Maple syrup is among the oldest natural food products produced in North America. Native Americans were the first to discover maple syrup and refine the process of how this magically sweet amber elixir is made. If you have ever wondered how sap is transformed into maple sugar then don’t miss the new two-part, in-person outdoor Maple Sugar Workshops at the Institute for American Indian Studies in Washington, Connecticut on Saturday, February 20, and Saturday, February 27. This hands-on workshop is perfect for people that want to learn about the history of this sweet tradition as well as the ins and outs of making maple syrup. The two-part Maple Sugar Workshop is part of the Institute’s Winter Survival Program taught by Susan Scherf, an Educator at the Institute.
At the first workshop, “The Sweet Taste of Success” on Saturday, February 20, with one-hour time slots running from 11:00 a.m. until 4 p.m. for twenty people per session. Participants will learn the basics of modern maple syrup production. This workshop is designed for backyard hobby producers that want to start collecting sap for their own enjoyment. The first thing participants will learn is proper tree identification and how to prepare the tree for the tapping season. They will learn about tree health and why and when sap flows. The final lesson is to learn about the tapping process, what to look for, and what to avoid, and examples of the different methods of collecting and boiling sap. There will also be a discussion on the impact of climate change on maple syrup production.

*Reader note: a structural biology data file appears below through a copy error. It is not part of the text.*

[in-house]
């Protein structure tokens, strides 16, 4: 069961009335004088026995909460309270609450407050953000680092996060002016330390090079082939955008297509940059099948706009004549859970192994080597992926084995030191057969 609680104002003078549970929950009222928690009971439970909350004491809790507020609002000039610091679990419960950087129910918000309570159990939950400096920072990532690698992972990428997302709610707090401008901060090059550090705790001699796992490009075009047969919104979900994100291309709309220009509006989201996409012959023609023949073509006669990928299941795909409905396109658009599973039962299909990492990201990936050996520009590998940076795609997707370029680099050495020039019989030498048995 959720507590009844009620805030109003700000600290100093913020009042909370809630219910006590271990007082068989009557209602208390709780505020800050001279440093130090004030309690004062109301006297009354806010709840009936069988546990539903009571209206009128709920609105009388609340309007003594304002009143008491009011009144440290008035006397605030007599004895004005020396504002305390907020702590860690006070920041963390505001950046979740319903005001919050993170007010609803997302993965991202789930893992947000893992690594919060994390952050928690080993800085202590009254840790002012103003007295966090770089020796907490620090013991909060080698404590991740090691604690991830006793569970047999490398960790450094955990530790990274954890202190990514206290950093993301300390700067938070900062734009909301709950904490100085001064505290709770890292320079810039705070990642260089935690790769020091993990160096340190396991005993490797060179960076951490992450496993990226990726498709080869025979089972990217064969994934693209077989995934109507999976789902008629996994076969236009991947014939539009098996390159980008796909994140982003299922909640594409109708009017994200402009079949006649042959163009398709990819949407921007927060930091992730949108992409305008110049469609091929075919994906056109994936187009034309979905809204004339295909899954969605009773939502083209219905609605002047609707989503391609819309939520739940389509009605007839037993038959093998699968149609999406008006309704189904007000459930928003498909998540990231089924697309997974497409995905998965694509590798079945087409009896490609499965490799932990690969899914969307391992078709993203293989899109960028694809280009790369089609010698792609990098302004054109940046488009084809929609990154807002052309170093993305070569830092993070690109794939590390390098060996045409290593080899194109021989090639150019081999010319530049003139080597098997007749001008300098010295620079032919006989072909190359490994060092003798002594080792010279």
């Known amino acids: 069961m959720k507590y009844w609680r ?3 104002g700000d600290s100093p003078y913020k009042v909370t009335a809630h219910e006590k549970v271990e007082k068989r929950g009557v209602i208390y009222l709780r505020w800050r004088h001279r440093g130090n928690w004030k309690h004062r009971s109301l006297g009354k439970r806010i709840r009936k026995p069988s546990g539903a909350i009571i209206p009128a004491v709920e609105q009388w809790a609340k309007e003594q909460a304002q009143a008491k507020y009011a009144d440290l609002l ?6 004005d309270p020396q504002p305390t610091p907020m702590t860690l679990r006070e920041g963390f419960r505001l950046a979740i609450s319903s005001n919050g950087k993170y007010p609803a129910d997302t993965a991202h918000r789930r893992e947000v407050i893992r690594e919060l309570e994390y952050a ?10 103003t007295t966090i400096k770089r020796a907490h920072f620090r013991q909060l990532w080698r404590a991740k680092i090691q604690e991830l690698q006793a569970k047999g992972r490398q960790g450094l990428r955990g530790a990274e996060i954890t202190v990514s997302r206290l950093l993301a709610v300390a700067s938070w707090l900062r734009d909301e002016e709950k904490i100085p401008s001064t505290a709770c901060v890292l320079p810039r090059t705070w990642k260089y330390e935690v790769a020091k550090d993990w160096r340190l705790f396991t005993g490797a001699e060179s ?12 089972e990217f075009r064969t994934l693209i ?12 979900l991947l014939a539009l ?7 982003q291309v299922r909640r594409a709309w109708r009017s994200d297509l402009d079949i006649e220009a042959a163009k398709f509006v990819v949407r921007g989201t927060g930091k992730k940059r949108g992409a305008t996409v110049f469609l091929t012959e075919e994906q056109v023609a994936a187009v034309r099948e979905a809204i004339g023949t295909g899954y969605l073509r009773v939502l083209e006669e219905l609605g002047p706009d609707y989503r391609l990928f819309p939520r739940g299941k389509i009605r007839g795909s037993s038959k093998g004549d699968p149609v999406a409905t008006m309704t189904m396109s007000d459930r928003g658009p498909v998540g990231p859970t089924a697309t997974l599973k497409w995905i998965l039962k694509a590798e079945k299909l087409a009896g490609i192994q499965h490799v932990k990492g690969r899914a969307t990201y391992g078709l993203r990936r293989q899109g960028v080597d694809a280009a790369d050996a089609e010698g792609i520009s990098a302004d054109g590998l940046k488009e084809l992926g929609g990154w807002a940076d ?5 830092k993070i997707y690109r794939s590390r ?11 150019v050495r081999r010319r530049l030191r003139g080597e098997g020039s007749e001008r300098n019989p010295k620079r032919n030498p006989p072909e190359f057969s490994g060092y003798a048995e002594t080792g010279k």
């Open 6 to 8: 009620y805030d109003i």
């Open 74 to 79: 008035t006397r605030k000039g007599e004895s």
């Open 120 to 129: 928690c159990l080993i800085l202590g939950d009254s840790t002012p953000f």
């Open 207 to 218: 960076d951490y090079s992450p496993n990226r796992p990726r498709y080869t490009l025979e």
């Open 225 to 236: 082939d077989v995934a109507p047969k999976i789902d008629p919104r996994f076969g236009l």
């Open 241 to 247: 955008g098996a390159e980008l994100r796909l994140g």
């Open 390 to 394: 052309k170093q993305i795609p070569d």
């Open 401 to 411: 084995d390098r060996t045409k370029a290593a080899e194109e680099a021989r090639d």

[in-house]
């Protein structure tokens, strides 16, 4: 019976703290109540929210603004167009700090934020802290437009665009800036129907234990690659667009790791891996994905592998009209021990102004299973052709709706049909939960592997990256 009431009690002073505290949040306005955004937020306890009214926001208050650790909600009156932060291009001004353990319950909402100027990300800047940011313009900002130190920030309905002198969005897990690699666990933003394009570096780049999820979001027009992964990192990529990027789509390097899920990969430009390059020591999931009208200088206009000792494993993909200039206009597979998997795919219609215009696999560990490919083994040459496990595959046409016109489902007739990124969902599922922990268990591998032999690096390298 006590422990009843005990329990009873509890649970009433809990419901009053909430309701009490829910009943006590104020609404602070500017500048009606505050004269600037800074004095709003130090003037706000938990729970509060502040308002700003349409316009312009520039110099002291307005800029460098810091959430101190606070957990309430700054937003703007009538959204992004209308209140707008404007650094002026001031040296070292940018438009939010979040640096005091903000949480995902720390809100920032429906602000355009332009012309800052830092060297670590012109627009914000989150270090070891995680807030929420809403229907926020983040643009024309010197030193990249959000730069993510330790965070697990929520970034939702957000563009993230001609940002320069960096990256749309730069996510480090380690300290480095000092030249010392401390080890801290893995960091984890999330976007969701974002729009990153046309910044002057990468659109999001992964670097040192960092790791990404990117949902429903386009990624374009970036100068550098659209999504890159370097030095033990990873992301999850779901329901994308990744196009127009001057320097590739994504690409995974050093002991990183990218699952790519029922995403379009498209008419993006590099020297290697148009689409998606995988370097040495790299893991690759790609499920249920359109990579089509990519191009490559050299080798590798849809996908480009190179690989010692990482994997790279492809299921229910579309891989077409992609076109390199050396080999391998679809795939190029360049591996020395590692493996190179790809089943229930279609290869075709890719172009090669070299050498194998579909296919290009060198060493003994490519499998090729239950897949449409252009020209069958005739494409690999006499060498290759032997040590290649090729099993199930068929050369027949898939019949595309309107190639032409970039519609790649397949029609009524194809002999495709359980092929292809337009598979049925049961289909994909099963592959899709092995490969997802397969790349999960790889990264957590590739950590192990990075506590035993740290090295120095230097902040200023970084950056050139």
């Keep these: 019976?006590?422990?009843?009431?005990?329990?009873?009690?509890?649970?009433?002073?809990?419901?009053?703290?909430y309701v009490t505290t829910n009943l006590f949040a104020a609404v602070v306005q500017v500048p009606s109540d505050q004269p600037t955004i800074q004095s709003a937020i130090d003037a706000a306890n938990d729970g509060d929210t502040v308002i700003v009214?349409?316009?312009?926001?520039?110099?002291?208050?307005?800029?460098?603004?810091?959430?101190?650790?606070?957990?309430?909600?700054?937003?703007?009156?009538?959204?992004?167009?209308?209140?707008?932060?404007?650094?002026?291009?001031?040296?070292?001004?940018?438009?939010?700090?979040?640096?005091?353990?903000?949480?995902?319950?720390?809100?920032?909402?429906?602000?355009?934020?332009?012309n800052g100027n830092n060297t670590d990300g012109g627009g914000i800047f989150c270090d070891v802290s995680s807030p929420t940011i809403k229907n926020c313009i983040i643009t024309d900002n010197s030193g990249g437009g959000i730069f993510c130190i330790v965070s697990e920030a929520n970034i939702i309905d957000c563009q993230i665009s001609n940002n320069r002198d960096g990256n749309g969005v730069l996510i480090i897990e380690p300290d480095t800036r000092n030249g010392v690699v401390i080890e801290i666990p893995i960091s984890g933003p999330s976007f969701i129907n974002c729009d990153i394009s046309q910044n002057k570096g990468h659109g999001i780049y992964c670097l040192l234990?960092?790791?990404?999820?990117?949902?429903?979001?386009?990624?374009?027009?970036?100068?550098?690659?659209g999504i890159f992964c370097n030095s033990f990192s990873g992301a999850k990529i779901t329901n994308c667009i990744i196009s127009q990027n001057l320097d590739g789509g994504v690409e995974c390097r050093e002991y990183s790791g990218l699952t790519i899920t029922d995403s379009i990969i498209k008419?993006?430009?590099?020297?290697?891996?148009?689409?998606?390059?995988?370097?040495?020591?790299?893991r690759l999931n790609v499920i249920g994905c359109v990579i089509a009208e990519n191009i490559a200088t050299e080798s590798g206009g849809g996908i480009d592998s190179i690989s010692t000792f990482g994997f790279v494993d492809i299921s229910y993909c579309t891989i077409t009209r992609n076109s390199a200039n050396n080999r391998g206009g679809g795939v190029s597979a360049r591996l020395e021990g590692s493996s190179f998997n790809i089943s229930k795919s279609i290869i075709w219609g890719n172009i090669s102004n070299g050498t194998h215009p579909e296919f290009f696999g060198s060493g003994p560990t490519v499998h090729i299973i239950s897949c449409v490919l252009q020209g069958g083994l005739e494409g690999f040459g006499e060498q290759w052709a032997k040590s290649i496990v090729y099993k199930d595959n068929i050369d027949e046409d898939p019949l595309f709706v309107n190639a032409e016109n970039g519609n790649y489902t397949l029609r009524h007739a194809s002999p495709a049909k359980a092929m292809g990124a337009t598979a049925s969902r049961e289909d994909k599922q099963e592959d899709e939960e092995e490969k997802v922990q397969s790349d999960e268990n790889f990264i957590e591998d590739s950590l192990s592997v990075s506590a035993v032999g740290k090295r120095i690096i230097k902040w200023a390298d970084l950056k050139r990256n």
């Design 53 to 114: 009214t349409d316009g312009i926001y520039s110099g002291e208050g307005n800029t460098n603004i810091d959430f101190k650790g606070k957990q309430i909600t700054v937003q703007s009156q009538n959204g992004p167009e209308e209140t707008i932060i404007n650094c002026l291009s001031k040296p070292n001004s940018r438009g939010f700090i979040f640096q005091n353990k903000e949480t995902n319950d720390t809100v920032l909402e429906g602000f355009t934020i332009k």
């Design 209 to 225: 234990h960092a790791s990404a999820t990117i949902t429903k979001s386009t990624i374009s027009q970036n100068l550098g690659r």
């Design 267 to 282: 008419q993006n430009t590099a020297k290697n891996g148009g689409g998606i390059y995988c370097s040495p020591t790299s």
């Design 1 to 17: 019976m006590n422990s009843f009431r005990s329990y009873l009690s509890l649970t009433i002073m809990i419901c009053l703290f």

The Second Maple Syrup Workshop, “The History of a Sweet Tradition” taking place on Saturday, February 27 also offers one-hour time slots for twenty people running from 11 a.m. to 4 pm. This workshop focuses on the fascinating history of maple syrup as it was produced and enjoyed through the centuries. The workshop begins with a demonstration of the traditional techniques including the collection of and boiling down of sap into maple syrup used by Native Americans living in the Eastern Woodlands. The demonstration will include different traditional technologies used for the collection and boiling process in order to gain an understanding of what methods were used and why. A highlight of the program involves the history of this sweet tradition as participants gather around the fire in the Indian village and listen to traditional Native American stories about maple syrup that have been handed down from generation to generation.
To sign up for Maple Workshop #1, “The Sweet Taste of Success” and Maple Workshop #2, “The History of a Sweet Tradition” visit the museum website in order to reserve a space through Eventbrite or email the museum at firstname.lastname@example.org. The workshop is booked in one-hour time slots from 11 a.m. to 4 p.m. for twenty people. The price for each Maple Syrup Workshop is $15 for adults, $13 for seniors, $11 for children, and $5 for members. If you have questions, call the museum at 860-868-0518. All reservations must be made in advance, as space is limited.
About Institute for American Indian Studies
Located on 15 acres of woodland acres the Institute For American Indian Studies preserves and educates through archeology, research, exhibitions, and programs. They have the 16th c. Algonquian Village, Award-Winning Wigwam Escape, and a museum with temporary and permanent displays of authentic artifacts from prehistory to the present that allows visitors to foster a new understanding of the world and the history and culture of Native Americans. The Institute for American Indian Studies is located on 38 Curtis Road, Washington, CT.